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Bellaire celebrates Hanukkah’s message of hope at city’s first menorah lighting

Friday, 23 December, 2011 - 2:19 pm

SOURCE: Bellaire Examiner + Photos



test4Bellaire celebrates Hanukkah’s message of hope at city’s first menorah lighting

Rabbi Yossi Zaklikovsky places a lamp on the menorah on display at Loftin Park in Bellaire. Thursday night was the first-ever public Menorah lighting in Bellaire.

History was made in Bellaire Town Square Thursday night as around 80 people, most of them members of the Jewish community, gathered on the third night of Hanukkah for Bellaire's first-ever menorah lighting. The lighting was organized by Rabbi Yossi Zaklikofsky, who founded and leads the Shul of Bellaire, a center for Jewish education and spirituality, which celebrates its first year of existence this month.

Rabbi Zaklikovsky recounted the story of Hanukkah, also known as the festival of lights, which commemorates the victory of the small military forces of the Maccabees over the giant Greek army, which had occupied Jerusalem and defiled and desecrated the Holy Temple there. The only thing that hadn't been desecrated was a single jug that held enough oil to burn one day. Miraculously, it burned for eight days and nights.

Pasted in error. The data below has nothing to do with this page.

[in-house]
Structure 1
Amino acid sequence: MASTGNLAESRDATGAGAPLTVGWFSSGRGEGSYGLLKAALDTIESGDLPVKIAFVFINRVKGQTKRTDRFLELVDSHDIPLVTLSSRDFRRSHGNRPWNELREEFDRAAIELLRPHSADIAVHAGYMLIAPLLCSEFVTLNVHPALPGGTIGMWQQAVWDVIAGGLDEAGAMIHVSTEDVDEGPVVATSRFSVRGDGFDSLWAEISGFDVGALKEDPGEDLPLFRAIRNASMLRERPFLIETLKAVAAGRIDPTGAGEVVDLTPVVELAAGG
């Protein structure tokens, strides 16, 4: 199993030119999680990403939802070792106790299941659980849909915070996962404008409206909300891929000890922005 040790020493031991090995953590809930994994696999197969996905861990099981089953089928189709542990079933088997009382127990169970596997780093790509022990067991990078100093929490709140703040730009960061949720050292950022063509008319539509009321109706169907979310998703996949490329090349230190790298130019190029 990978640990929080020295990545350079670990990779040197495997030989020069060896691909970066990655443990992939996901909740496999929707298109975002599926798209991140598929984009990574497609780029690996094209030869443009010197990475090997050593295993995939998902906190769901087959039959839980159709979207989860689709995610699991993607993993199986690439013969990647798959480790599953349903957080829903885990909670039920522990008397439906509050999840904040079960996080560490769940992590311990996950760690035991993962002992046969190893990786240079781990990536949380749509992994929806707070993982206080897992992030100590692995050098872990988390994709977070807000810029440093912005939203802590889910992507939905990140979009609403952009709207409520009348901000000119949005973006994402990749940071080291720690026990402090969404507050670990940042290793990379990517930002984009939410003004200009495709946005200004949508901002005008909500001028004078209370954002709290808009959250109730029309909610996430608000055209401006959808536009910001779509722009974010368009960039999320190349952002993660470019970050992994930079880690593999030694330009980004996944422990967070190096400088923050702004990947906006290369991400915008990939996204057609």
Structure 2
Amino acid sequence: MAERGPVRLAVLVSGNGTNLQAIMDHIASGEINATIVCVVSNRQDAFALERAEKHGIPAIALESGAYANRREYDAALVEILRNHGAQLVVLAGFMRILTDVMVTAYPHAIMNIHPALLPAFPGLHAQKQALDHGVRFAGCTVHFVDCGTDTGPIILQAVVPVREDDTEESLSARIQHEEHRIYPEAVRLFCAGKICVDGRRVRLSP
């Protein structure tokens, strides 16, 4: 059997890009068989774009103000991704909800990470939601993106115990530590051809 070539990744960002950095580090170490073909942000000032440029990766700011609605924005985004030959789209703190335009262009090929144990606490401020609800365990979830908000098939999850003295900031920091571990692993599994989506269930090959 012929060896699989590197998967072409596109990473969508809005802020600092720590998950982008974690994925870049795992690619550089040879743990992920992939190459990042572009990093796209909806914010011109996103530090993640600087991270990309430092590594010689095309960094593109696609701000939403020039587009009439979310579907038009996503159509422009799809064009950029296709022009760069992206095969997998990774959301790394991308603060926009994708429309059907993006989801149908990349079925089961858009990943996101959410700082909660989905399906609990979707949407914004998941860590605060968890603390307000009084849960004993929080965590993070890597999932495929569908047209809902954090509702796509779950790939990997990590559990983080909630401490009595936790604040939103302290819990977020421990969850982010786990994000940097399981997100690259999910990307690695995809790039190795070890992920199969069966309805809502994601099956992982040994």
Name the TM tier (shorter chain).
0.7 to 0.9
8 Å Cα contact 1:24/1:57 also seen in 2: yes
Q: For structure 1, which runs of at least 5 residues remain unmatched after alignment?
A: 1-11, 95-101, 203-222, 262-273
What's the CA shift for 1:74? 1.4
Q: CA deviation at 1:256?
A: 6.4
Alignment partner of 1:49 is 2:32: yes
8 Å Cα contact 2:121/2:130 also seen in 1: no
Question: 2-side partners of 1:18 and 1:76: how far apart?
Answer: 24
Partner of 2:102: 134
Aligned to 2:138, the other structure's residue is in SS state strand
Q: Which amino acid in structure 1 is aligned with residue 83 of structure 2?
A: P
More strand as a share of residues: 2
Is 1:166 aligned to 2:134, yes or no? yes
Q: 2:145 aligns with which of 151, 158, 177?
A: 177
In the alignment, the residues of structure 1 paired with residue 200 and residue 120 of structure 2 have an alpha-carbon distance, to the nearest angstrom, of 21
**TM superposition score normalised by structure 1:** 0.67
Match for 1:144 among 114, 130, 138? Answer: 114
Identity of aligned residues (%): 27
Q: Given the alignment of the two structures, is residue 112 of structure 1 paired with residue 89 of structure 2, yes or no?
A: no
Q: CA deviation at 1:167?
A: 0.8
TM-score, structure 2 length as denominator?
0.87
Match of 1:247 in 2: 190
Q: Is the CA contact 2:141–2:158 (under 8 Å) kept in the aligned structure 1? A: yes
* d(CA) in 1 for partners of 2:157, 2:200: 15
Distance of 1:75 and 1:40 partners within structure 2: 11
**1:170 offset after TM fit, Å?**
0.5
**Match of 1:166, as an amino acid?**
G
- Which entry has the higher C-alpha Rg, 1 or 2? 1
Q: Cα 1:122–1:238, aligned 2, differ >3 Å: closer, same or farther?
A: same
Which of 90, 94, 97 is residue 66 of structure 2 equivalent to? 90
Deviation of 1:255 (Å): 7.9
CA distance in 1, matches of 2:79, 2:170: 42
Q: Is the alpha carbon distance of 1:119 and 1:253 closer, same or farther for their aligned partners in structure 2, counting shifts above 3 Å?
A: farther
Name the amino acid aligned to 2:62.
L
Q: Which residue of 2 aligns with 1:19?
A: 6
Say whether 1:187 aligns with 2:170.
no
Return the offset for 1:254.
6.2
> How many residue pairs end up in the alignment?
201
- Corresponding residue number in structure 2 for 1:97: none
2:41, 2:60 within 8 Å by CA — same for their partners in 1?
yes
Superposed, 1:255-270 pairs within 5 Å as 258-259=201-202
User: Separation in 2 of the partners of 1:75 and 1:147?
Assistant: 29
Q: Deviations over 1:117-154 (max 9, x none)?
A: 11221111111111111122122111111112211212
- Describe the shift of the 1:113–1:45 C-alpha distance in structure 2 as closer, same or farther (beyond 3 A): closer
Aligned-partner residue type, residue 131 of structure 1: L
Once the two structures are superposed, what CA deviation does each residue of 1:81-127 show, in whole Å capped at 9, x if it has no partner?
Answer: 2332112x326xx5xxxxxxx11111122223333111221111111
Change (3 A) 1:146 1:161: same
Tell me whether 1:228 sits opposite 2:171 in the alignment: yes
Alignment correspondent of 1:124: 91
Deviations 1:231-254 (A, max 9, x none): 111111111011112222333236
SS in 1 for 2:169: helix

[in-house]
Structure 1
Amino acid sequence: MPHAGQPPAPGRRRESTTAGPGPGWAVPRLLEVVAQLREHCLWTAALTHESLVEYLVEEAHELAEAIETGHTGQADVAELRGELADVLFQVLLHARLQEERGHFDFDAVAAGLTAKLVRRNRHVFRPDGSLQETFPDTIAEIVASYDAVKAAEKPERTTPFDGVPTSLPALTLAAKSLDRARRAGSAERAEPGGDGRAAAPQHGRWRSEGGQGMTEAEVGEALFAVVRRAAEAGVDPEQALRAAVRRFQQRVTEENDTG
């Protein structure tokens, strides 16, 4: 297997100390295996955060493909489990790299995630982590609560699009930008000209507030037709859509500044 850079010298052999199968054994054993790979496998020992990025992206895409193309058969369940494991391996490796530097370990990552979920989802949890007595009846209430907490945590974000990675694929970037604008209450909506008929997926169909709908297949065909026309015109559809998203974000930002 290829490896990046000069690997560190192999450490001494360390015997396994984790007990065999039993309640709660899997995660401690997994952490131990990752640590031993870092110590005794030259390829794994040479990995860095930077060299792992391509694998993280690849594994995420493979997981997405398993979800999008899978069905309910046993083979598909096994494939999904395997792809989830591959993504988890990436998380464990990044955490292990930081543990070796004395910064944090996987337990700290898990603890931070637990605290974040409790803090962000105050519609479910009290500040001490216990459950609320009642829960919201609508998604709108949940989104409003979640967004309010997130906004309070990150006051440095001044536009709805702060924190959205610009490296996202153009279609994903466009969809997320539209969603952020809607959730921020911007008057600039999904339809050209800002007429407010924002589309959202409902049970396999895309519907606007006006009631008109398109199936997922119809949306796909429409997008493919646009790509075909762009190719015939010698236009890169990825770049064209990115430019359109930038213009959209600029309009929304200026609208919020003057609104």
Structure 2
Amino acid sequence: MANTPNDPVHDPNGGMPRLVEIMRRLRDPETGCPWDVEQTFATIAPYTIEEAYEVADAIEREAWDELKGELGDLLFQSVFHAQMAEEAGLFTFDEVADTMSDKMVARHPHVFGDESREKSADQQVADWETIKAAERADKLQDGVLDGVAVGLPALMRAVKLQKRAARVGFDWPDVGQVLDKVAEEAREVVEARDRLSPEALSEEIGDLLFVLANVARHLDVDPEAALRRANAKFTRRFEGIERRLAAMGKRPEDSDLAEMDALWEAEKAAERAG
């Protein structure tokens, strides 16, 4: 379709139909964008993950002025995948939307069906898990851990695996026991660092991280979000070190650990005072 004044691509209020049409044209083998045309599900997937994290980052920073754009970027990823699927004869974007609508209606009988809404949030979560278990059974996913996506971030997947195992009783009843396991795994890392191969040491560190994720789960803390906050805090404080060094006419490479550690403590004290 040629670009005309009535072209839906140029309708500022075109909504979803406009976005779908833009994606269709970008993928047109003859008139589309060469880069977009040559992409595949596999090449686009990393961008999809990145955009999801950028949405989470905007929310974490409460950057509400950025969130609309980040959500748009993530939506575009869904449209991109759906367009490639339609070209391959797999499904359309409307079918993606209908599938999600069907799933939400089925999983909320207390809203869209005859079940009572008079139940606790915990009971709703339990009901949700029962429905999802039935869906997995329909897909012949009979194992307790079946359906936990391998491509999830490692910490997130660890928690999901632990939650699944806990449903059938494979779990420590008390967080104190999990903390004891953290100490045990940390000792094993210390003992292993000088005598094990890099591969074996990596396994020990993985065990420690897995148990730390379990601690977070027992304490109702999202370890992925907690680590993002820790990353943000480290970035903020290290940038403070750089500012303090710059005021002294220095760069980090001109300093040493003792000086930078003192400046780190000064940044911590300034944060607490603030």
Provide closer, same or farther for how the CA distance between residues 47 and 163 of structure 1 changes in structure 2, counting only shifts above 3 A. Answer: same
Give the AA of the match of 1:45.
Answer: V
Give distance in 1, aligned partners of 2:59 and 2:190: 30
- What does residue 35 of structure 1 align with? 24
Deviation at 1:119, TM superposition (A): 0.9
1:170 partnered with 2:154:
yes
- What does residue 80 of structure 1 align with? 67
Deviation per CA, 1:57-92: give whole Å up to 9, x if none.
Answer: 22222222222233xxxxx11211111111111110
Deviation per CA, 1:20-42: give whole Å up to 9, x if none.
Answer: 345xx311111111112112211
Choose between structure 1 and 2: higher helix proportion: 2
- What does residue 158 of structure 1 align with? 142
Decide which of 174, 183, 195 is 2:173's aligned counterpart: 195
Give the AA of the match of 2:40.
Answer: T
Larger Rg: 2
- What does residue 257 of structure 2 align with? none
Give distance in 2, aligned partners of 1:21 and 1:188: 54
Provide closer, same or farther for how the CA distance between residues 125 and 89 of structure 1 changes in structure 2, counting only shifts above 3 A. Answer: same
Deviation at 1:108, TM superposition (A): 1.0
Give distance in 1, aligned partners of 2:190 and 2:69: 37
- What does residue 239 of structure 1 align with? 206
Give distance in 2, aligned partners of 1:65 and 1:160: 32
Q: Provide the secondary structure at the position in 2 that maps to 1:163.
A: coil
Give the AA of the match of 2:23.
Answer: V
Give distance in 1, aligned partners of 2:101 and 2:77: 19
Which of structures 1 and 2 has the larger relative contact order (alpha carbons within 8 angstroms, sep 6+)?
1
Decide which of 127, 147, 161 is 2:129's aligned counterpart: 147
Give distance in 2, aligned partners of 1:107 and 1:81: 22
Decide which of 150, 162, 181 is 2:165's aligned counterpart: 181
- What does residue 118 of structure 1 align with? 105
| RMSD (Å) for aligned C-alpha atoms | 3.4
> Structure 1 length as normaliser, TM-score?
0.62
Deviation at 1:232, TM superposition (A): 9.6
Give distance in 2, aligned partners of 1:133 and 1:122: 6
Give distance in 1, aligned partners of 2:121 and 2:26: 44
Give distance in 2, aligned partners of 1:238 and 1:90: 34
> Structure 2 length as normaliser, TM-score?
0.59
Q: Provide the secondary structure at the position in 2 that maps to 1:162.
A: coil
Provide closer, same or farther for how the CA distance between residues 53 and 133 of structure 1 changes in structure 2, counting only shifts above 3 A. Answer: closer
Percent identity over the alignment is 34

"The message of Hanukkah, as we are told year after year, is that there is that one spark inside us that can never be defiled," Zaklikovsky told the crowd. "The Jew inside of us, that one pure jug of oil, will never be defiled."

Outgoing Mayor Cindy Siegel and her successor, Mayor Pro Tem Phil Nauert, were in attendance, as were Councilmen Andrew Friedberg, Roman Reed and Jim Avioli.

For Friedberg, the lighting was a personal affair. As a Jew living in Bellaire, he said, he was proud to see the menorah included in the local holiday display.

Siegel said the Hanukkah message and the menorah is one that people of all faiths can appreciate. "The menorah is a symbol of faith, it is a symbol of hope, not just for those of us who are members of the Jewish community, but also for those of us who are not," Siegel said.



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